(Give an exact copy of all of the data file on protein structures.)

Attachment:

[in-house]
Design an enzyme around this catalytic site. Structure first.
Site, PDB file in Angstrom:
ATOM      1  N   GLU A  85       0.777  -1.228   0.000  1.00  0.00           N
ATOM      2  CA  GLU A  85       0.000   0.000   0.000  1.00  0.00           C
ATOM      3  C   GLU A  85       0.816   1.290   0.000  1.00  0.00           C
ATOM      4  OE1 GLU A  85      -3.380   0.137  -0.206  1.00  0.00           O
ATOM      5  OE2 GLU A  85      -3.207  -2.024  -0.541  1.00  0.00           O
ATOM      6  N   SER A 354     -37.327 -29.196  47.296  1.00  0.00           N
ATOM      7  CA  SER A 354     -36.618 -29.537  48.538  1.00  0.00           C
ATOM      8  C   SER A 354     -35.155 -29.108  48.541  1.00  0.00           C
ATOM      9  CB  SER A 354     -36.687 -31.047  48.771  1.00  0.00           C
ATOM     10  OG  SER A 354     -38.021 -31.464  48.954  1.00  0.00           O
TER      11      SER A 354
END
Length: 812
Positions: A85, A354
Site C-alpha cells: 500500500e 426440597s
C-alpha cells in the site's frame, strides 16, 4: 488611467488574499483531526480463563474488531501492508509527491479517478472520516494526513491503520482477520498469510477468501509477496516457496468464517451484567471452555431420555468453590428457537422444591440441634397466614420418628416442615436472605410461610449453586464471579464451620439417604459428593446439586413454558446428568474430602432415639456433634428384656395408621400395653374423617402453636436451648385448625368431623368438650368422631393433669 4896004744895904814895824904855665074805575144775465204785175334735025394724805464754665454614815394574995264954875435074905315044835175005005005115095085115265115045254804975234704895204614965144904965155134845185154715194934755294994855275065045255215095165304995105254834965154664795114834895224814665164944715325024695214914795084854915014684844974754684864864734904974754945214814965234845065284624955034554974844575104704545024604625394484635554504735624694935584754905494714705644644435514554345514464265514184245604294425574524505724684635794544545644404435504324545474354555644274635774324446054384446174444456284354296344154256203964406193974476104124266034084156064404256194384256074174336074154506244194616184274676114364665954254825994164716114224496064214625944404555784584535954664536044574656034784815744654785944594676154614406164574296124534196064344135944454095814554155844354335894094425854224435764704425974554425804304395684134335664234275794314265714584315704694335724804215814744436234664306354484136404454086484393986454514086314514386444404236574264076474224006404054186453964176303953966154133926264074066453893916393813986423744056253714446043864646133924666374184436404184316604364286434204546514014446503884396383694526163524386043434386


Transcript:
[in-house]
Design an enzyme around this catalytic site. Structure first.
Site, PDB file in Angstrom:
ATOM      1  N   GLU A  85       0.777  -1.228   0.000  1.00  0.00           N
ATOM      2  CA  GLU A  85       0.000   0.000   0.000  1.00  0.00           C
ATOM      3  C   GLU A  85       0.816   1.290   0.000  1.00  0.00           C
ATOM      4  OE1 GLU A  85      -3.380   0.137  -0.206  1.00  0.00           O
ATOM      5  OE2 GLU A  85      -3.207  -2.024  -0.541  1.00  0.00           O
ATOM      6  N   SER A 354     -37.327 -29.196  47.296  1.00  0.00           N
ATOM      7  CA  SER A 354     -36.618 -29.537  48.538  1.00  0.00           C
ATOM      8  C   SER A 354     -35.155 -29.108  48.541  1.00  0.00           C
ATOM      9  CB  SER A 354     -36.687 -31.047  48.771  1.00  0.00           C
ATOM     10  OG  SER A 354     -38.021 -31.464  48.954  1.00  0.00           O
TER      11      SER A 354
END
Length: 812
Positions: A85, A354
Site C-alpha cells: 500500500e 426440597s
C-alpha cells in the site's frame, strides 16, 4: 488611467488574499483531526480463563474488531501492508509527491479517478472520516494526513491503520482477520498469510477468501509477496516457496468464517451484567471452555431420555468453590428457537422444591440441634397466614420418628416442615436472605410461610449453586464471579464451620439417604459428593446439586413454558446428568474430602432415639456433634428384656395408621400395653374423617402453636436451648385448625368431623368438650368422631393433669 4896004744895904814895824904855665074805575144775465204785175334735025394724805464754665454614815394574995264954875435074905315044835175005005005115095085115265115045254804975234704895204614965144904965155134845185154715194934755294994855275065045255215095165304995105254834965154664795114834895224814665164944715325024695214914795084854915014684844974754684864864734904974754945214814965234845065284624955034554974844575104704545024604625394484635554504735624694935584754905494714705644644435514554345514464265514184245604294425574524505724684635794544545644404435504324545474354555644274635774324446054384446174444456284354296344154256203964406193974476104124266034084156064404256194384256074174336074154506244194616184274676114364665954254825994164716114224496064214625944404555784584535954664536044574656034784815744654785944594676154614406164574296124534196064344135944454095814554155844354335894094425854224435764704425974554425804304395684134335664234275794314265714584315704694335724804215814744436234664306354484136404454086484393986454514086314514386444404236574264076474224006404054186453964176303953966154133926264074066453893916393813986423744056253714446043864646133924666374184436404184316604364286434204546514014446503884396383694526163524386043434386